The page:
Letters from Isthmian Canal construction workers

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Material Information

Title:
Letters from Isthmian Canal construction workers Contest solicitation, overview and entry requirements
Series Title:
Isthmian Historical Society competition for the best true stories of life and work on the Isthmus of Panama during the construction of the Panama Canal
Physical Description:
Mixed Material
Language:
English
Spanish
Donor:
Afro-Antillean Museum ( donor )
Publisher:
Isthmian Historical Society
Place of Publication:
Panama

Subjects

Subjects / Keywords:
Panama Canal

Notes

Scope and Content:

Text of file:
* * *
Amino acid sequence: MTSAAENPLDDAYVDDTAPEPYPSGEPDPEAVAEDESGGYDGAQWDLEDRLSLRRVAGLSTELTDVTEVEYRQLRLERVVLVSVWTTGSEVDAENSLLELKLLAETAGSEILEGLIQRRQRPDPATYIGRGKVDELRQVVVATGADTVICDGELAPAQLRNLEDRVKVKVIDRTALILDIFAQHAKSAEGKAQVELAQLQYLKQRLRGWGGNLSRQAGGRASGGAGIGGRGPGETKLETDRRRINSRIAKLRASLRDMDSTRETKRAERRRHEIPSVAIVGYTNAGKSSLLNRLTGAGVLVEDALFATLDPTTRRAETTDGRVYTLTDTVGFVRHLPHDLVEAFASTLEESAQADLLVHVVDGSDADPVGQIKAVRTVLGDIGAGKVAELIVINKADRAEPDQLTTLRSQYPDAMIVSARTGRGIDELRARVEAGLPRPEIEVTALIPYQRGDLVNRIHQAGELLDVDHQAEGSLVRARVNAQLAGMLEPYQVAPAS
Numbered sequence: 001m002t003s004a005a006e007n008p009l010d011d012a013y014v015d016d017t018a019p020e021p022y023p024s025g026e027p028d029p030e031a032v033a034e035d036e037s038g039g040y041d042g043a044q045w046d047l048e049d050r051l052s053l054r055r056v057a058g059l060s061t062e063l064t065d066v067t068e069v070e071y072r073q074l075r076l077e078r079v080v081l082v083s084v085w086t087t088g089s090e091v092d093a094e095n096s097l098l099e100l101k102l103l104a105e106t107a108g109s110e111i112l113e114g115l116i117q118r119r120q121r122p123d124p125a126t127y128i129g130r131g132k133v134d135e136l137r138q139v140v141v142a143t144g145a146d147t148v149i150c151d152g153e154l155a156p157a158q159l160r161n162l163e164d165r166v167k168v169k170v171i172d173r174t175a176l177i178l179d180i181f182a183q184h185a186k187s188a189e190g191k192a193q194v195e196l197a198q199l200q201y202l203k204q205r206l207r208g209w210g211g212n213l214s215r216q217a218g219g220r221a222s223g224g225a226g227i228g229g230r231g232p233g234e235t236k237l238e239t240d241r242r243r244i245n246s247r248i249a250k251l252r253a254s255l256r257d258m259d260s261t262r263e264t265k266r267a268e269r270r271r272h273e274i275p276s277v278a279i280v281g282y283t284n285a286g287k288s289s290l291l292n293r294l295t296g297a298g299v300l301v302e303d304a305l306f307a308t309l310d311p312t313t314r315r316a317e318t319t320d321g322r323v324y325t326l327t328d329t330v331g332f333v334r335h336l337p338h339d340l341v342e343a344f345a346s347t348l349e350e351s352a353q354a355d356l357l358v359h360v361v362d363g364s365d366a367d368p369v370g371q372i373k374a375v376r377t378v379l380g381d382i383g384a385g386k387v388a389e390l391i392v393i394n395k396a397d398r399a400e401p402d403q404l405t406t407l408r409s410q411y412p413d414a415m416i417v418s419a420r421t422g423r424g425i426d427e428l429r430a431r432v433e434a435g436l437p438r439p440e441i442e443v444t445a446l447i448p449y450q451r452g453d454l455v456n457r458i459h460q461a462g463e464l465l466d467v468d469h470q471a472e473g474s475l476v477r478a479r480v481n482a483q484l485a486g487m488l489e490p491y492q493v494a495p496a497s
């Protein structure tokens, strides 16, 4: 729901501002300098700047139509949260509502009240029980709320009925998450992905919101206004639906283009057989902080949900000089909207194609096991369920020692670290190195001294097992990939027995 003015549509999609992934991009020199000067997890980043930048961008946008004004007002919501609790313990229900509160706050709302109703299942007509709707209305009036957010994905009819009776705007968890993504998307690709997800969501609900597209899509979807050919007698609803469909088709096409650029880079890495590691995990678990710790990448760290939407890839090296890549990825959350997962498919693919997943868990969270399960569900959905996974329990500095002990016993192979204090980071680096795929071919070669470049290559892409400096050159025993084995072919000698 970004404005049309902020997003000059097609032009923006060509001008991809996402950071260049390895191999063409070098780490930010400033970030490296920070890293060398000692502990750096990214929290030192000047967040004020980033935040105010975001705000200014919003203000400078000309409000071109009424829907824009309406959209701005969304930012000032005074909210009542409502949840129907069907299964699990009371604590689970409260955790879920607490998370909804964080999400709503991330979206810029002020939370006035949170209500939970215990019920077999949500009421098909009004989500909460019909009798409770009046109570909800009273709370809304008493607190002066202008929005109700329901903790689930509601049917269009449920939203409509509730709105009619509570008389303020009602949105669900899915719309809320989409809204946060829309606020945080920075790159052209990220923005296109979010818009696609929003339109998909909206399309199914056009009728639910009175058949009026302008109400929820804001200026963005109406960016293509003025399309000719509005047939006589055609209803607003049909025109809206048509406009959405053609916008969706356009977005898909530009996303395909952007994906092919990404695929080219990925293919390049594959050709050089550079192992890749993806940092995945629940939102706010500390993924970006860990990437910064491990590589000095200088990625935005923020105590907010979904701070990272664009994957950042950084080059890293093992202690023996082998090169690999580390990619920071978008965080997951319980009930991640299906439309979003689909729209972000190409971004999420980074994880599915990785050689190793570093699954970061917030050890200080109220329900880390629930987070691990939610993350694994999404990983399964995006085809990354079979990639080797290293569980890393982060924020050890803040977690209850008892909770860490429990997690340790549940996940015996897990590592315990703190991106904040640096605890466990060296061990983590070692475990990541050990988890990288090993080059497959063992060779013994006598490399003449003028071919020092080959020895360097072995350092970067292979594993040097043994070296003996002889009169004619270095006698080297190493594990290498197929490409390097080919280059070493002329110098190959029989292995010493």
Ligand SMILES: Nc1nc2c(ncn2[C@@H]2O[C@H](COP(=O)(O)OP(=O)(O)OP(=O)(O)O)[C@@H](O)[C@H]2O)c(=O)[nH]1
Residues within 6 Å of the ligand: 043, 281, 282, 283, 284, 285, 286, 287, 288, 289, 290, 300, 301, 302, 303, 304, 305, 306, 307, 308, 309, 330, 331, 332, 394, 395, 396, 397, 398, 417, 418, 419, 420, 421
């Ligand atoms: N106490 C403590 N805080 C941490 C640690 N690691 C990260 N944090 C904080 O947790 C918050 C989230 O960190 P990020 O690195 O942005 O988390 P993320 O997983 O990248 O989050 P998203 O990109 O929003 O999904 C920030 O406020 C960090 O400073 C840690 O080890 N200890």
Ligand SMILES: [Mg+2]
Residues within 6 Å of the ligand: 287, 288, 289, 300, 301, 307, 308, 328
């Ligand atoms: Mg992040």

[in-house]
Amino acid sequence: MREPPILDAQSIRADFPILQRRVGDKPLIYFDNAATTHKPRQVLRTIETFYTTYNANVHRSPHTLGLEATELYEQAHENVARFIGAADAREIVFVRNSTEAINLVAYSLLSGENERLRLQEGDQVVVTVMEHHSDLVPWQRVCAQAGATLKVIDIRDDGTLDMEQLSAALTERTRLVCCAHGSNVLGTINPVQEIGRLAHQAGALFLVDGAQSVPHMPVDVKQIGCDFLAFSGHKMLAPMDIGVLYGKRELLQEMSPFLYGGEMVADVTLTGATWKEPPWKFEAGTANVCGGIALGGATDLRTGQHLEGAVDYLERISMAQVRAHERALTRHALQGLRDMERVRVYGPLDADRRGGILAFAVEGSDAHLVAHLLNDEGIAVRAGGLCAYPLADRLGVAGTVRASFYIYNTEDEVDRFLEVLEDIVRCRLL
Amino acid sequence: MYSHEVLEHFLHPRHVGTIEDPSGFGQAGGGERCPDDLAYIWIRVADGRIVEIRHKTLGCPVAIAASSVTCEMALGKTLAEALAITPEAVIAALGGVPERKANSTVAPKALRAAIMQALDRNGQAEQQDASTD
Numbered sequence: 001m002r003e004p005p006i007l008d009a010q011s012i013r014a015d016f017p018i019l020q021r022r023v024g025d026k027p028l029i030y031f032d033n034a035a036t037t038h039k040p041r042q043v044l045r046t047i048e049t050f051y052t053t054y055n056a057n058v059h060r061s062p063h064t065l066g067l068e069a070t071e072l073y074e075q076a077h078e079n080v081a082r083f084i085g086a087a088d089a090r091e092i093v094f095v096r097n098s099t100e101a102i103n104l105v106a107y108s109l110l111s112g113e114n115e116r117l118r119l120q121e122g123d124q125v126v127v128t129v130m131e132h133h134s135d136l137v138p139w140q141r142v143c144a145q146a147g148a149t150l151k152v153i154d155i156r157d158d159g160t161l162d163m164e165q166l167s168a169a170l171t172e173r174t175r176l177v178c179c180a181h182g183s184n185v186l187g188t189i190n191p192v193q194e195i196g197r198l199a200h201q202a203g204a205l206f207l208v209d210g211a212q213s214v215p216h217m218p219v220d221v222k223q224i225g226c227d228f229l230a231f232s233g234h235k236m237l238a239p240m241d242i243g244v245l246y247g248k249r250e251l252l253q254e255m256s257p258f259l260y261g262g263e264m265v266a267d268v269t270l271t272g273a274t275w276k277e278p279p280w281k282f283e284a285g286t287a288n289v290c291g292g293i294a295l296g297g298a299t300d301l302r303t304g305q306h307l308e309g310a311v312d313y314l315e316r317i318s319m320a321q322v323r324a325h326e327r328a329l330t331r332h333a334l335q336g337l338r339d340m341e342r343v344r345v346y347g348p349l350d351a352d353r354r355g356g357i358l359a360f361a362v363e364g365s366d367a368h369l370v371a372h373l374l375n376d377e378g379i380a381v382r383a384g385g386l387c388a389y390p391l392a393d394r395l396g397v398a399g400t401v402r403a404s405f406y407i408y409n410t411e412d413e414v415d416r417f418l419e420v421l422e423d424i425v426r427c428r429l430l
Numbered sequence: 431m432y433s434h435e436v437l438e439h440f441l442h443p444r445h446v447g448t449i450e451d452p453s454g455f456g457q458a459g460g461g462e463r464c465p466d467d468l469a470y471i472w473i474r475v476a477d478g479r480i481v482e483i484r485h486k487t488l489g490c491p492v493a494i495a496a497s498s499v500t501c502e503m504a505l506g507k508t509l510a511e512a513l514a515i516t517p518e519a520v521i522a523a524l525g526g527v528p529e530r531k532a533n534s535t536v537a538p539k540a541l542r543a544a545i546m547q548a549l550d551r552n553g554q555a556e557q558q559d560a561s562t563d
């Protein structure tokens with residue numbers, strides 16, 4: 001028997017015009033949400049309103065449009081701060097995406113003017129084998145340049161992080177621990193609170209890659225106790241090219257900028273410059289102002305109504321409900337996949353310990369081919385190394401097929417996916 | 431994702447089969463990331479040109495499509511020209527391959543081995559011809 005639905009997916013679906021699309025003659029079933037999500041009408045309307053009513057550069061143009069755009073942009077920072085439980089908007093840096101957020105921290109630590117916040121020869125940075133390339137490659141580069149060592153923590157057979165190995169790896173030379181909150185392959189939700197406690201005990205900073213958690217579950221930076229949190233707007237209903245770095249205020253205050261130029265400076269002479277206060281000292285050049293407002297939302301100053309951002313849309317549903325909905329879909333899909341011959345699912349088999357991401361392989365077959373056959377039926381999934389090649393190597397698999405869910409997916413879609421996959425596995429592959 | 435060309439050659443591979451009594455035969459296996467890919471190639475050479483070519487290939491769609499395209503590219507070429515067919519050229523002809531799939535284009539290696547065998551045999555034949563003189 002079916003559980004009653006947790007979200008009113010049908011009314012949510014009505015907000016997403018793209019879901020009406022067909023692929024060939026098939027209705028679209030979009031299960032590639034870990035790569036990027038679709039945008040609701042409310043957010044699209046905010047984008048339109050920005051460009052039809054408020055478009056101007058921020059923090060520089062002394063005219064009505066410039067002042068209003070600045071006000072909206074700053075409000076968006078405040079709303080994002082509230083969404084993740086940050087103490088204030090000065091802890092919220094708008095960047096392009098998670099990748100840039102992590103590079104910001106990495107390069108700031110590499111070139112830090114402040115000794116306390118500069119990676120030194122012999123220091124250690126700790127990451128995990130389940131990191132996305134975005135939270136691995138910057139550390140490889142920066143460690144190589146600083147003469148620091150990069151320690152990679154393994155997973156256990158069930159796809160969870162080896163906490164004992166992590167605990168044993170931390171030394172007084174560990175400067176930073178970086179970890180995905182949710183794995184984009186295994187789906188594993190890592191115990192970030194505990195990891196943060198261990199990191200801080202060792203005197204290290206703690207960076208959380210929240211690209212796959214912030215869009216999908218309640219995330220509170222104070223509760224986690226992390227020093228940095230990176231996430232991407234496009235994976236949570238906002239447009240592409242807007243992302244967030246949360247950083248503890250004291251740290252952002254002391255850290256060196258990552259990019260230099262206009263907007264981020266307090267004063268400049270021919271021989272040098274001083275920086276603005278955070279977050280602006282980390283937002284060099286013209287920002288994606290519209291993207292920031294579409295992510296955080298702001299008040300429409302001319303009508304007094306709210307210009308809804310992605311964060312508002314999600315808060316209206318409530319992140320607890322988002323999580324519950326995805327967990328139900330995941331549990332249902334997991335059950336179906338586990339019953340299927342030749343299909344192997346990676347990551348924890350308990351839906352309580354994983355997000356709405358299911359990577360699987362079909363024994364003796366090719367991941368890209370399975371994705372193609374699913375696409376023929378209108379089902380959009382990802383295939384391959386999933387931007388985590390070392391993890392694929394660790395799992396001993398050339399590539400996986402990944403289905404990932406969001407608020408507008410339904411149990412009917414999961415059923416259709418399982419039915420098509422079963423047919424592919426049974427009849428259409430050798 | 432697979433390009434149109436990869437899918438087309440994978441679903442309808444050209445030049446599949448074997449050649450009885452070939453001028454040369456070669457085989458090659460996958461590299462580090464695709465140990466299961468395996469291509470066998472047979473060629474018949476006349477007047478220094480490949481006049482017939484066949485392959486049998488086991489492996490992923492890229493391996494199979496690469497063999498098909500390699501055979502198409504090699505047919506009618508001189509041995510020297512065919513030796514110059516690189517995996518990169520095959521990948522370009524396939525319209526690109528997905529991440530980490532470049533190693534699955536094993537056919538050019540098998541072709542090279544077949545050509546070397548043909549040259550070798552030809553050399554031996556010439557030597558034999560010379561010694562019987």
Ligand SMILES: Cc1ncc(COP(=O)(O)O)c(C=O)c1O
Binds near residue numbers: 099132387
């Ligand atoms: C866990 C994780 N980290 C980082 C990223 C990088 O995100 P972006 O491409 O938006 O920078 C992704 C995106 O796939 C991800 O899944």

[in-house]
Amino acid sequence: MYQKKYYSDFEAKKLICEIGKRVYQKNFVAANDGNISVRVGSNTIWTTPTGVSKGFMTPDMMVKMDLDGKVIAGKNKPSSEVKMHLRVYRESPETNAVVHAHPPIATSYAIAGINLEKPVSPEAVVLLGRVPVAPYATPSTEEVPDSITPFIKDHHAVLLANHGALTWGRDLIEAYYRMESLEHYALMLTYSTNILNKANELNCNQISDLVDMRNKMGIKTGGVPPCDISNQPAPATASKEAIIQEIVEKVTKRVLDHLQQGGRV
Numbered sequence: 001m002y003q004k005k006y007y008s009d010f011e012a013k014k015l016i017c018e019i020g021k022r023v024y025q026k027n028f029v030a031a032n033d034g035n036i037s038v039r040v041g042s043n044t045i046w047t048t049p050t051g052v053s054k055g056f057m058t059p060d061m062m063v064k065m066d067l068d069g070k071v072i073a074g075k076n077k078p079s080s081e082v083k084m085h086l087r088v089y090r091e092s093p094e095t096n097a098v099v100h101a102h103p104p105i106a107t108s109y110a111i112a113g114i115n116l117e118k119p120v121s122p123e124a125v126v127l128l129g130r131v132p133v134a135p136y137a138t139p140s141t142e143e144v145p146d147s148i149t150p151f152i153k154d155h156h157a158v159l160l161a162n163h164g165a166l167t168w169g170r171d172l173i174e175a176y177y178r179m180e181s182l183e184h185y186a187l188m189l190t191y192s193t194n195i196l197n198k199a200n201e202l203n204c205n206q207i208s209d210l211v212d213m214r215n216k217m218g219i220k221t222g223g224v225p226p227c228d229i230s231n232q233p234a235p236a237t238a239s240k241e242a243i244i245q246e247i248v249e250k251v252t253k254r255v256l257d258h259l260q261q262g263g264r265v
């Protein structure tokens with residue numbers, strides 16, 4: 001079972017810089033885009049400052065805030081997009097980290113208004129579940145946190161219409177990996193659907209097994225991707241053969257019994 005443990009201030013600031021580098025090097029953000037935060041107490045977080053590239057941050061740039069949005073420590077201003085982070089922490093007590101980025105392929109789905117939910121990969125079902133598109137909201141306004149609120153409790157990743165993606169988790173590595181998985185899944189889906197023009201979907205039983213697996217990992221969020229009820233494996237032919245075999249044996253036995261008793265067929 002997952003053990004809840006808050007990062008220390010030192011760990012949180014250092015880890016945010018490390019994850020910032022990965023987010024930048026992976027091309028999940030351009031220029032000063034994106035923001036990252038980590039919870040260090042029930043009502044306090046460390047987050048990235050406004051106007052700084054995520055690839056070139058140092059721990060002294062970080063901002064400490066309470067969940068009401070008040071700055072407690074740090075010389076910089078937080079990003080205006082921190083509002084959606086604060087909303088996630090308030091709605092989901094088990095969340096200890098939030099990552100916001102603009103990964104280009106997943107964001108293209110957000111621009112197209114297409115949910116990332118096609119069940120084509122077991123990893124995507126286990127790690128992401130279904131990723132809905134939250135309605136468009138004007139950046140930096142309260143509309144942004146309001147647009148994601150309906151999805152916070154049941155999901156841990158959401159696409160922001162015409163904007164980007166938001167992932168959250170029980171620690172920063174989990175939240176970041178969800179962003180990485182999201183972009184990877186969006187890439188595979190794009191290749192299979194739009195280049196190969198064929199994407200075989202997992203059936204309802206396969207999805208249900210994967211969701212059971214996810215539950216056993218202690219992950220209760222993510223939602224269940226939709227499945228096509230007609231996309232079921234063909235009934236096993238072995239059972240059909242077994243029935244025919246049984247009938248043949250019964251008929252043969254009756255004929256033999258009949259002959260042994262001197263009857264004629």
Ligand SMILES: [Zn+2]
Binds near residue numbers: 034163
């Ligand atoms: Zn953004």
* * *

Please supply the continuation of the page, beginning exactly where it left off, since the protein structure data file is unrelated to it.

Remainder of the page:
The Contest: In 1963, as the 50th anniversary of the opening of the Panama Canal drew near, the Isthmian Historical Society decided to make a collection of stories of personal experiences of non-U.S. citizens during Construction Days by means of a contest. This contest was publicized in local newspapers, by notices in the food packages given to Disability Relief recipients, and in newspapers in the Caribbean area. The following letter was sent to a total of 15 newspapers in Jamaica, Barbados, British Honduras, Trinidad, Antigua, St. Vincent, St. Lucia, and Grenada: "The Isthmian Historical Society is trying to collect the personal experiences and viewpoints of those West Indians who served in the labor force that dug the Panama Canal. Very little has been written by them or about them. Soon it will be too late to obtain personal accounts. In the hope of making a permanent record of their experiences during the construction of the Canal, our Society is sponsoring a competition for the best true stories of life and work on the Isthmus of Panama during the construction years. It would be much appreciated if you would assist us in publicizing our competition. I am enclosing a separate sheet with the information for this." The information sheet: "The Isthmian Historical Society announces a competition for the-best true stories of life and work on the Isthmus of Panama during the construction of the Panama Canal. The competition is open to West Indians and other non-U.S. citizens who were on the Isthmus prior to 1915. Entries may be handwritten but must be legible. Anyone who is infirm may have his story written for him by someone else, but in this case it must be stated on the entry that it has been written for him in his own words by someone else. Give name, address, year arrived in Panama, where employed there, and type of work done. All entries must be in the mail by November 1, 1963. The winners will be announced in December. All entries become the property of the Isthmian Historical Society. First prize will be: $50 (U.S.); second prize: $30 (U.S.); third prize: $20 (U.S.)…” Brief notices of the contest were placed in several thousand food packages ("Food for Peace" packages have been distributed monthly by the Panama Canal Company-Canal Zone Government). These notices read: "Competition -- For West Indians & other non-U.S. citizens who worked on the Isthmus before 1915. For the best true stories of life & work on the Isthmus during the Canal construction there will be awarded prizes: 1st PRIZE: $50; … Give year arrived in Panama, kind of work & where, name & address. Write of interesting experiences & people, living & working conditions, etc… The Entries: The majority of the contest entries were handwritten. In some cases the handwriting was difficult to read. In making copies of the entries, it occasionally was necessary to omit an undecipherable word, leaving a blank space to indicate the omission. Although an effort was made to reproduce the letters exactly as they were written, it is probable that there are errors. However, they will detract little from what these Old Timers wanted to say. It should be remembered that these letters were written by individuals who labored on the Isthmus prior to 1915. They are no longer young. Some are handicapped by the infirmities of age: failing eyesight, unsteadv and arthritic hands that find it laborious to form words and sentences, and minds that know what they want to say but communicate it imperfectly. Generally, unfamiliar spellings need only to be sounded and their meaning becomes clear. In cases where the entrants wrote as they speak, there may be dropped "H"8s so that "has" is written "as". Other features of West Indian speech will be noted. As spoken language, there is no English more colorful. Mr. Albert Banister's interesting letter is a good example. The Society is most grateful for all the entries and we regret that there could not be a prize for everyone. Ruth C. Stuhl Competition Editor